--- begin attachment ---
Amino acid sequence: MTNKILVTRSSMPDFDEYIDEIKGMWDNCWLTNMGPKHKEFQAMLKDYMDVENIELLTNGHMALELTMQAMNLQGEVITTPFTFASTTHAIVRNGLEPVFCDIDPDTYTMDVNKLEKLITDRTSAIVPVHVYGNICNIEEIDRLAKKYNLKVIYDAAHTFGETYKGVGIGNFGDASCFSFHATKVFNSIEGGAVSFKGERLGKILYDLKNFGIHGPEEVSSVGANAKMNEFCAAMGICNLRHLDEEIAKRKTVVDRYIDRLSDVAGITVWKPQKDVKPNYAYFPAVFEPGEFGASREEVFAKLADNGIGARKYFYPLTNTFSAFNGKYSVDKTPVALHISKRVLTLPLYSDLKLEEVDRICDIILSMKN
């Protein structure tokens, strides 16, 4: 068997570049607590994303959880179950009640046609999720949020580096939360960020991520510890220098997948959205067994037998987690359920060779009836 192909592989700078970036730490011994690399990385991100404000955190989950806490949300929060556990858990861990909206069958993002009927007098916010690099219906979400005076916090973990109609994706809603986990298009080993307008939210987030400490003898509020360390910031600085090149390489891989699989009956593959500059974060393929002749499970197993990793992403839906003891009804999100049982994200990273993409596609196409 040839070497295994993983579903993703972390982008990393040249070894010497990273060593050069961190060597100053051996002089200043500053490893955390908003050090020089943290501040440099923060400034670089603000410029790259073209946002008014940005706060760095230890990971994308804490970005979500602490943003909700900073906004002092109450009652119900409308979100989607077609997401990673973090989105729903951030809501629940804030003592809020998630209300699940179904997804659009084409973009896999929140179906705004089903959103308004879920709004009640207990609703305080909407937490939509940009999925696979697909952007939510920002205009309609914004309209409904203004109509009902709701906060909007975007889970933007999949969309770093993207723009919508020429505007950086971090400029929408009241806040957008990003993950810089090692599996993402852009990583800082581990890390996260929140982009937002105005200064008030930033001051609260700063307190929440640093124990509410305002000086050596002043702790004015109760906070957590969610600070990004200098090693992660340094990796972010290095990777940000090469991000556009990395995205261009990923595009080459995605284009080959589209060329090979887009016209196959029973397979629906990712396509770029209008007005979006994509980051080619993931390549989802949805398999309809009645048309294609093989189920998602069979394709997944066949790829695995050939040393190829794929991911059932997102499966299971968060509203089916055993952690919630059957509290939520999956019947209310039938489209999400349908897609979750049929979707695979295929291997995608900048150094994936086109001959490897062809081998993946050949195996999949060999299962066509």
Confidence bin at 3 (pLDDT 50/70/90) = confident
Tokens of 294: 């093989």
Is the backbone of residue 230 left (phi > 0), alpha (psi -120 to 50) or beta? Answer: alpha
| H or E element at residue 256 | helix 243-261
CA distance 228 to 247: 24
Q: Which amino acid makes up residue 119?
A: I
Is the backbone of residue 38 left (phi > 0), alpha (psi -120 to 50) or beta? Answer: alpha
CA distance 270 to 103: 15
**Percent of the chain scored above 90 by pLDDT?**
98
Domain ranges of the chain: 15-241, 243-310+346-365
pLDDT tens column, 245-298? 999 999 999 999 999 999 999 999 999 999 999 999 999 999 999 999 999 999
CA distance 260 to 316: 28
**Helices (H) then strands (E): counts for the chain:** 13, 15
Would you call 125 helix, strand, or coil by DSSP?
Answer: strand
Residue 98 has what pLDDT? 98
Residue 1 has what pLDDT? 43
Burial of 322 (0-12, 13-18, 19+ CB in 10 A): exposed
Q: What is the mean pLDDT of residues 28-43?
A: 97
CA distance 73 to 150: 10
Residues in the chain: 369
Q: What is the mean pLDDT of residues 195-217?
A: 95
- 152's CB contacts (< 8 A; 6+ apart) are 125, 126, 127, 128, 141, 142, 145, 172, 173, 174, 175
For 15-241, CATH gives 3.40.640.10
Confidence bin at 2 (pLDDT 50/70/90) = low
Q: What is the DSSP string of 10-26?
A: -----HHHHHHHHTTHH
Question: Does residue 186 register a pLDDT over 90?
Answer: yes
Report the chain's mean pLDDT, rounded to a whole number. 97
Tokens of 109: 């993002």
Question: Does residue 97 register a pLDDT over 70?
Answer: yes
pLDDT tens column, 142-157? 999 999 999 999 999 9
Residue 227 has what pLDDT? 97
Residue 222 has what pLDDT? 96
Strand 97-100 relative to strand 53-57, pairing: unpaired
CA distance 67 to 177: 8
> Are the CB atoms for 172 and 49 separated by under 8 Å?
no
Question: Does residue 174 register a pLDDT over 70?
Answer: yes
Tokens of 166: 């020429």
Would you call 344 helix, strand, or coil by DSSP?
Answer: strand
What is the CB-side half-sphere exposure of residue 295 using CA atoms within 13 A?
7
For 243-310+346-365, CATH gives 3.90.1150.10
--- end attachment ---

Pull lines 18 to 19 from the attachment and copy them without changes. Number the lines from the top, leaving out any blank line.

Would you call 125 helix, strand, or coil by DSSP?
Answer: strand